Advantages of CS

<p>Hey guys I am trying to figure out if it would be benficial to major in CS or to major in a more traiditional major such as EE. Would my job prospects be limited as a CS major? (Im going to PSU BTW, and we aren't forced to actually select a major until our second year.) also what about CE? supposedly at PSU the diff between the two at PSU is 75% software, 35% hardware in CS and opposite in CE.</p>

<p>So no CS or EE majors here?</p>

<p>EE all the way</p>

<p>Well, do you want to develop hardware or software? The markets for each will continue to grow, although software engineering is predicted to grow more drastically (estimates around 40+% over the next decade). </p>

<p>Choose whichever you prefer...job prospects won't be limited in either.</p>

<p>Yeah see what ive been hearing is that Ill be able to get CS jobs with a degree in EE whereas the opposite wont hold true for CS. I guess I havent really experienced really the hardware part of Computers (aside from putting them together :P) I have however experienced CS as I goto tech high school for Computer I know I atleast dont mind programming :P</p>

<p>Electrical Engineering has to do with computers? I did not know that.</p>

<p>well you have concentrations...</p>

<p>Maybe you should major in EECS. :rolleyes:</p>

<p>you cant at PSU....unless you mean double major?</p>

<p>EE majors, like those in CS, can and are often required to write software. Of course, that's like saying that both engineering and math majors have to take calculus. It's true, but that doesn't mean they're interchangable.</p>

<p>The best software engineers are the ones that have focused on object-oriented design, design patterns, distributed system architecture, advanced algorithms, data structures, etc. While EE majors have to learn similar basic skills, there's logically a tradeoff when it comes to the advanced concepts. EEs do, after all, have to master all the digital logic, VLSI, DSP, etc., too.</p>

<p>Of course, I'm sure there are people who major in EE and can write better software than some CS majors, but they're two separate degrees because they focus on different things.</p>

<p>If you think you like the software side of things, you should lean toward CS. If you prefer the hardware side, go EE. There's some cross-dicipline training, yes, but don't extrapolate that into thinking that EE is a superset of CS.</p>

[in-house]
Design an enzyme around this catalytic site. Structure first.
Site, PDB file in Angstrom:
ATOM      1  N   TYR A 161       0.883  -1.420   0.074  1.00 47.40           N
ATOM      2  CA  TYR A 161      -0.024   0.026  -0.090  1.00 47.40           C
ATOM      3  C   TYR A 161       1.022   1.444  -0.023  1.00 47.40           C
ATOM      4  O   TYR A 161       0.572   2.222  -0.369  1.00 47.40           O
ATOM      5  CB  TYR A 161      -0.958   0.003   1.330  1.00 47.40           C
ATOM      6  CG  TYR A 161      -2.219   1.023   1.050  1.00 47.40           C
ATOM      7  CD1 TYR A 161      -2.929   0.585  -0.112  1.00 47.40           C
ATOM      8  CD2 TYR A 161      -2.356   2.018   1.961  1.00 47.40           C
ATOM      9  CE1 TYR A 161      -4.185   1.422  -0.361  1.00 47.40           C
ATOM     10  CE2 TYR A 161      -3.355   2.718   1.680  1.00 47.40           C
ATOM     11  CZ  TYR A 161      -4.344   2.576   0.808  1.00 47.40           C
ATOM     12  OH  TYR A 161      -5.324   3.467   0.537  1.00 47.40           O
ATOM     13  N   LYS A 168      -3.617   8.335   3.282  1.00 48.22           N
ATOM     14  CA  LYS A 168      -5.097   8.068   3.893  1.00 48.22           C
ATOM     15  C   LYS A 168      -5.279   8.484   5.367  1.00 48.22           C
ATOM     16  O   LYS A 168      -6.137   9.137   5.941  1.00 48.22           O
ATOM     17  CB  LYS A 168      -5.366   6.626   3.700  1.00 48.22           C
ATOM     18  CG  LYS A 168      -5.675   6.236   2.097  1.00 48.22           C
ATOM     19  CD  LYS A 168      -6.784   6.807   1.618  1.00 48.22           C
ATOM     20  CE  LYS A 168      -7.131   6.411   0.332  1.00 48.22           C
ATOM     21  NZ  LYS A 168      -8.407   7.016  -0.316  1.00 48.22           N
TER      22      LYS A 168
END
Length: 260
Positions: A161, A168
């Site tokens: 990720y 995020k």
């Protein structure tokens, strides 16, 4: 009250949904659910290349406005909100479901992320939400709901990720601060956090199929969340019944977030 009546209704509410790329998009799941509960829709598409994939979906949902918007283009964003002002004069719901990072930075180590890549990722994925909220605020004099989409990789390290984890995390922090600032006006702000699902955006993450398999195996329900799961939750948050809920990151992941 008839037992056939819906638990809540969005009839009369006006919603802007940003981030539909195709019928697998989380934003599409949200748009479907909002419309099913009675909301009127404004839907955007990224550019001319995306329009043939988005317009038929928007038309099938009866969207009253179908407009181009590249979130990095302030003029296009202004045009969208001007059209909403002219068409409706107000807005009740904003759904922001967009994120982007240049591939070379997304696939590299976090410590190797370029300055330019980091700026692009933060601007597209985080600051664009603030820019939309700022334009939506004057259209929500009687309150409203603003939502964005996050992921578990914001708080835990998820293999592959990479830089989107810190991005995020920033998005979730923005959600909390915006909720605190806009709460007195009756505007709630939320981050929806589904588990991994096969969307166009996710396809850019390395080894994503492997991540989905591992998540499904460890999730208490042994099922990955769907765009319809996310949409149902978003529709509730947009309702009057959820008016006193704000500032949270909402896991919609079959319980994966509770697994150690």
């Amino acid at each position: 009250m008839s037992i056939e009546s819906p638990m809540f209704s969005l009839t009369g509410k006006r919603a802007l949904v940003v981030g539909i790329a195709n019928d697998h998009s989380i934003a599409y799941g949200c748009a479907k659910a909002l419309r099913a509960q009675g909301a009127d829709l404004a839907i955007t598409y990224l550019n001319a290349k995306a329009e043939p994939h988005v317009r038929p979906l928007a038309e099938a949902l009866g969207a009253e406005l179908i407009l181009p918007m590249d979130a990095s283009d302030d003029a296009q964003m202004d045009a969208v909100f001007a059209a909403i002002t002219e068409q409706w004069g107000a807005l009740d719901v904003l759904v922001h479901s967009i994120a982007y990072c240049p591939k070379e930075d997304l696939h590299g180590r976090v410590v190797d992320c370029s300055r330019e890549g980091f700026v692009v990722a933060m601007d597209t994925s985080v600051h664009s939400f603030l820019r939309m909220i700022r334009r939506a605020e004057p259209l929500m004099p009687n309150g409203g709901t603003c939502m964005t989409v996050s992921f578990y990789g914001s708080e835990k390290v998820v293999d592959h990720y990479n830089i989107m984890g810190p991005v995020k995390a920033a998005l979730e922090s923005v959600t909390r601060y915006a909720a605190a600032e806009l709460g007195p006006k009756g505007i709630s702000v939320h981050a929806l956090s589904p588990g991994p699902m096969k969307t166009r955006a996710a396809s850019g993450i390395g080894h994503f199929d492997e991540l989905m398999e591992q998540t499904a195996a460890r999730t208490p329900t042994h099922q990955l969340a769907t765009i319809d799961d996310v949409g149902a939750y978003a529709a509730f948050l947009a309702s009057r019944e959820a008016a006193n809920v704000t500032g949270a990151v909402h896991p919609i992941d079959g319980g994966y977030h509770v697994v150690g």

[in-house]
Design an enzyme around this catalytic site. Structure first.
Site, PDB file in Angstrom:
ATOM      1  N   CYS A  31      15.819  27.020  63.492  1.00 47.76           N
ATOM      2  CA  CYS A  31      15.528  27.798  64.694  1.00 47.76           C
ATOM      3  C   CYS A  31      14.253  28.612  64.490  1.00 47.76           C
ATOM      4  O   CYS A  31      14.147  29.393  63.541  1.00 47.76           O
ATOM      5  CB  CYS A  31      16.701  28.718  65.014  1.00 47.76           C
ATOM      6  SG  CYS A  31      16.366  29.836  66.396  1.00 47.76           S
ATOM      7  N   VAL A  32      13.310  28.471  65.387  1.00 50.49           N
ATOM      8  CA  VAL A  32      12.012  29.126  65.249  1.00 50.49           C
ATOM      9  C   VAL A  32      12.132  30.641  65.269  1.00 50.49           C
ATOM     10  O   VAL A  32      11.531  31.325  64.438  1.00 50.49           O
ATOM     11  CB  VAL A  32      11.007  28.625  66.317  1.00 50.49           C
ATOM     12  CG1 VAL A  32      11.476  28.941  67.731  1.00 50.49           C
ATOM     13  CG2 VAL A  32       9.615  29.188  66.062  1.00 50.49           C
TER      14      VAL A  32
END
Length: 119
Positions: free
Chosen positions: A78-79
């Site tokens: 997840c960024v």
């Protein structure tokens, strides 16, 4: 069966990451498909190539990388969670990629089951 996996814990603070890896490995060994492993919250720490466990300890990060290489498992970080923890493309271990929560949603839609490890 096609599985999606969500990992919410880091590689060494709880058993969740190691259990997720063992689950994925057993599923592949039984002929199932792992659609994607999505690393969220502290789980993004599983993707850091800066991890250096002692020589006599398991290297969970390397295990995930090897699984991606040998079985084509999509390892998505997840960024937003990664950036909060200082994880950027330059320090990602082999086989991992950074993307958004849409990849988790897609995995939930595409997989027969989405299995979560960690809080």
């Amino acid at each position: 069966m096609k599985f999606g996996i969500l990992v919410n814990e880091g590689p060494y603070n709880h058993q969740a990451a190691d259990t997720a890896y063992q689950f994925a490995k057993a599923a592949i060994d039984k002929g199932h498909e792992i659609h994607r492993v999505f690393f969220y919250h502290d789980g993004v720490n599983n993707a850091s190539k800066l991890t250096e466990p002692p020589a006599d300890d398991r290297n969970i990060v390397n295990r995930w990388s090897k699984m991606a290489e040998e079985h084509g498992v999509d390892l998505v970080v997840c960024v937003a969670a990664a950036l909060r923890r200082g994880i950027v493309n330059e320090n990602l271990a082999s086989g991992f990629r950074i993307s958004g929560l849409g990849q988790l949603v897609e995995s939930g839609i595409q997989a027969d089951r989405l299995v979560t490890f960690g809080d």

<p>I don't know how it is at your college, but at Rutgers University it works this way. Electrical Engineering is a major restricted to the School of Engineering only. Computer science is considered Rutgers College so anyone with an affiliation to Rutgers College, Douglass College, Cook College, or Livingston College can major in Computer Science. However, they will not be able to access upper level courses that are given by the School of Engineering.</p>

<p>At Rice, Electrical Engineering and Computer Science are two majors within the School of Engineering. There are distinct sets of courses required for each major, but nothing prevents a student from taking additional courses in other disciplines if they so choose. There are standard prerequisites, but professors can waive them for a student if they so choose.</p>

<p>As a CS major, I worked with EE majors in the lower-level courses, and even a few of the upper level ones ("operating systems" and "algorithms and data structures")... but most didn't even <em>try</em> to do the courses on finite automata or languages -- both of which were required for a CS degree. Likewise, I didn't do the VLSI project/lab and similar EE courses. I did have to take digital logic, though.</p>

<p>In short, they're separate degrees with some overlap. Rutgers' approach seems counterintuitive to me -- and really, why "restrict" anything in what should be an open learning environment? -- but that's a philosophical difference and I guess it works for them. I still stand by my statement that neither major is a subset of the other.</p>

<p>how does software engineering fit into this mix? Is it considered CS or a concentration of CE?</p>

<p>I've always considered software engineering analogous to computer science, but there may be some subtle differences I'm not aware of.</p>

<p>bump bump haha you dont die!</p>

<p>If you want to be rewarded for cleverness, do CS. If you want to be rewarded for hard work, do EE. In general, CS job market is better.</p>

I've always considered software engineering analogous to computer science, but there may be some subtle differences I'm not aware of.


<p>software engineering studies the design element and the management element on how to build a program. I consider it the most "fluffy" branch of computer science.</p>

<p>Wow a thread I made over a year ago! Just so everyone knows i decided on CS ;). Im happy with my choice thus far.</p>

<p>That's good and there are a lot of opportunites for CS moreso than I've been hearing for EE or CompE.</p>